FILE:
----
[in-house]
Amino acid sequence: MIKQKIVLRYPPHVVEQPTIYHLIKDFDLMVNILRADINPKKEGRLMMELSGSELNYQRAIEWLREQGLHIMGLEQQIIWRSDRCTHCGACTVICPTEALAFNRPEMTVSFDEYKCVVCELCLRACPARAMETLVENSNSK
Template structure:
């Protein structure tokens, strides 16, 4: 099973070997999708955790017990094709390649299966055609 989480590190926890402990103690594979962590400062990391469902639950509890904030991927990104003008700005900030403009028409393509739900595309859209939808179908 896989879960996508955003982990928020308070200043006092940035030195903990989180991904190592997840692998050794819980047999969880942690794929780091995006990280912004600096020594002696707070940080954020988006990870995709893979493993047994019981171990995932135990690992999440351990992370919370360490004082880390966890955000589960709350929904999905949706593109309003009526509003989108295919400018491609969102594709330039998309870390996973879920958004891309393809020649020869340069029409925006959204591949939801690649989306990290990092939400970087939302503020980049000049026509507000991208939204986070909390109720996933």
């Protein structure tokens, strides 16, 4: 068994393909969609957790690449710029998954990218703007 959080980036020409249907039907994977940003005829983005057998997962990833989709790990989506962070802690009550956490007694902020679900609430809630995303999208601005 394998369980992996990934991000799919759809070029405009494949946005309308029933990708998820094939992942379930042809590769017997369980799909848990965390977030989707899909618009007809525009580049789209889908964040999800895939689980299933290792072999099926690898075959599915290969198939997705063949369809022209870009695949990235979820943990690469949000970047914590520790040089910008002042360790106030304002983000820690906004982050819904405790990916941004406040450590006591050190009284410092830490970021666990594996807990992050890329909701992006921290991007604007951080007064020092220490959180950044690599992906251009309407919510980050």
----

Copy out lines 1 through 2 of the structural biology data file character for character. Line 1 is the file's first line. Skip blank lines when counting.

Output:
[in-house]
Amino acid sequence: MIKQKIVLRYPPHVVEQPTIYHLIKDFDLMVNILRADINPKKEGRLMMELSGSELNYQRAIEWLREQGLHIMGLEQQIIWRSDRCTHCGACTVICPTEALAFNRPEMTVSFDEYKCVVCELCLRACPARAMETLVENSNSK